A lot of entrepreneurs talk about the learning curve to being successful. While everyone’s learning curve will be a little different, many entrepreneurs’ journey will follow the path of the Dunning-Kruger Effect. The Dunning-Kruger effect is a cognitive bias whereby people with limited knowledge in a given endeavor have an inflated view of their own capabilities. Initially, as individuals learn about their own limitations, their confidence precipitously falls. It does gradually get restored as the individuals gain competence. Expert Program Management provides an example demonstrating the thought process for individuals as they gain confidence.
Each phase of this decision making is actually critical for the entrepreneur. In the early stages of an endeavor, the entrepreneur is unaware of the many challenges they will face and are brimming with confidence. They essentially “do not know what they do not know”. This empowers the entrepreneur to step out in faith and start pursuing their business. However, even the bravest entrepreneur will have a little risk aversion.
As the entrepreneur gains competence, they learn how much they still need to learn and despite falling confidence, they actually begin to develop competence. These middle stages are critical for the entrepreneur to recruit to their team others with complementary skills, and identify long term success strategies.
As the entrepreneur masters their competence, they need both competence and confidence. Yet many entrepreneurs tend to live at the early high peak of confidence or the low valley of confidence.
If you never get past feeling that you have all the answers, then you will never become a true expert. To leave this peak, you must ask tough questions of yourself and surround yourself with people who will ask questions. Realizing you do not have all the answers is a not a problem, thinking you do is.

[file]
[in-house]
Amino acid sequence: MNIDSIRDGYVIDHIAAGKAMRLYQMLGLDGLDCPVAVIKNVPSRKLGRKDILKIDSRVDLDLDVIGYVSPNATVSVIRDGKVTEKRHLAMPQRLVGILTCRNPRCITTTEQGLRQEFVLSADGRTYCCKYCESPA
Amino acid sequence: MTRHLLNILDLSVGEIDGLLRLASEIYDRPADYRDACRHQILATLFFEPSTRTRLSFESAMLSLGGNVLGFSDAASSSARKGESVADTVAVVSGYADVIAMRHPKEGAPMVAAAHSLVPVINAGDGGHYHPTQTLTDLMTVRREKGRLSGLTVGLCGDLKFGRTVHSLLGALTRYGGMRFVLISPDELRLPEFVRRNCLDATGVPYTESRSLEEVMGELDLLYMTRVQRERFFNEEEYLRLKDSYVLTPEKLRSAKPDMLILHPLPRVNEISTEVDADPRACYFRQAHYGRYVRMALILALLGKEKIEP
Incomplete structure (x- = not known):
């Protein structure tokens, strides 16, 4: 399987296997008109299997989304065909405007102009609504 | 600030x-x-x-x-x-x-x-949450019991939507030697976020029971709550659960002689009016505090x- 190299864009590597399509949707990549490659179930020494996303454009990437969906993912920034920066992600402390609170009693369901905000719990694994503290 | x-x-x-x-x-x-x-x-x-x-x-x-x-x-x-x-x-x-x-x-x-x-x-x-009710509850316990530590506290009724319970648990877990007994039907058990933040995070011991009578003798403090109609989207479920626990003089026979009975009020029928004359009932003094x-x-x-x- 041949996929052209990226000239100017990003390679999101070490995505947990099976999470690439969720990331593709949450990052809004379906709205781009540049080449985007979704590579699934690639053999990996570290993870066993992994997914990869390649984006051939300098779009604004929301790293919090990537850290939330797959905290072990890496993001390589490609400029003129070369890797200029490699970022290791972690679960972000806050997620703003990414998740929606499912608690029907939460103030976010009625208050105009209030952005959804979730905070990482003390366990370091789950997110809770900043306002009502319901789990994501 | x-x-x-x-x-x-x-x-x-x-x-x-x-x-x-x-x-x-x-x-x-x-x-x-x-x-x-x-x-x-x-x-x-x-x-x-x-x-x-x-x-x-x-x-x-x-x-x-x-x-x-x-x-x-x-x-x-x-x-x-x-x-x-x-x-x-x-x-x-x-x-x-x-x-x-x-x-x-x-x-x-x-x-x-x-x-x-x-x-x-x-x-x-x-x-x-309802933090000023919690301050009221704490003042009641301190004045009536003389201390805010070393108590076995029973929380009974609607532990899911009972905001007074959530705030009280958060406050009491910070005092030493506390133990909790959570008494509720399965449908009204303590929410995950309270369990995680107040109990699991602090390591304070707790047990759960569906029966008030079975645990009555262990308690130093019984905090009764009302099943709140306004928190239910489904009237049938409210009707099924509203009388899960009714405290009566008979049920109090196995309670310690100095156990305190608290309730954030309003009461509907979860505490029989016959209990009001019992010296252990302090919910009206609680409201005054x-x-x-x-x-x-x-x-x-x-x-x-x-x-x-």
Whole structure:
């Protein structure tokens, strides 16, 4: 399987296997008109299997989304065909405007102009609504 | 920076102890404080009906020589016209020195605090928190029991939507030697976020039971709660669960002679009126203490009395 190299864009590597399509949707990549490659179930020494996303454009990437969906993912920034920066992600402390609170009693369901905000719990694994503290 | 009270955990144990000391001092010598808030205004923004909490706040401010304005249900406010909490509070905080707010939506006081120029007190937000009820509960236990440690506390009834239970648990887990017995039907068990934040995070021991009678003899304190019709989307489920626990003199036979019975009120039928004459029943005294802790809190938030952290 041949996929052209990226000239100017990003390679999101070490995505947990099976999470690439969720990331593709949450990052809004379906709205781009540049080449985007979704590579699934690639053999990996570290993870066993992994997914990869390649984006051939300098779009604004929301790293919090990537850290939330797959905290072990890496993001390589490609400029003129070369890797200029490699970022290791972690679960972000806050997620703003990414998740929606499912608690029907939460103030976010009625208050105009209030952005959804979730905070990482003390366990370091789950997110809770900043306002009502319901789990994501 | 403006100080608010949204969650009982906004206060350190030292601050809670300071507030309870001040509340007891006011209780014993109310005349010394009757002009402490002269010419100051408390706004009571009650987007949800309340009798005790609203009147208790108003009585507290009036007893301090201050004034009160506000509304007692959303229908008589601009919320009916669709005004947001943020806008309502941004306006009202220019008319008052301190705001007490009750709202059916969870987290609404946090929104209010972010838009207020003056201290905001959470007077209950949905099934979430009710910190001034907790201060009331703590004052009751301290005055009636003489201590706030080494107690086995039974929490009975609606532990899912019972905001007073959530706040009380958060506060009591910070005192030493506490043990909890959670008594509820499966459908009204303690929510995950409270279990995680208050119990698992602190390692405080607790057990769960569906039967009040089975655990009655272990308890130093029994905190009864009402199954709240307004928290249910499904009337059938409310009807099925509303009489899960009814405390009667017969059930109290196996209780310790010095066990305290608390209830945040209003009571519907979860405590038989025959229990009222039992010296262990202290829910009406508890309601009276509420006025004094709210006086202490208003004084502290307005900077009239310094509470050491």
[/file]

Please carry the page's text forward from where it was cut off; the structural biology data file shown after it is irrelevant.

The valley can create a temptation for the entrepreneur to quit before they have really begun. They will doubt whether they will ever be successful. While it is possible that some entrepreneurs will genuinely be incapable of developing the necessary competence, it is important that this is an honest rational decision and not out of being in a low place.
The learning curve for your endeavor may not follow this path exactly, but whether you are feeling confident or not, the key is to continue to develop your competence!
Prof. Jason MacGregorLecturer at AVODA
Jason is an Associate Professor and Roderick Holmes Chair of Accountancy at Baylor University in Waco, Texas, USA. He is originally from Canada. He has undergraduate degree from the University of Windsor and a Ph.D. from the University of Florida. Jason is also Treasurer at the ICIE Fund, AVODA’s main fundraising partner.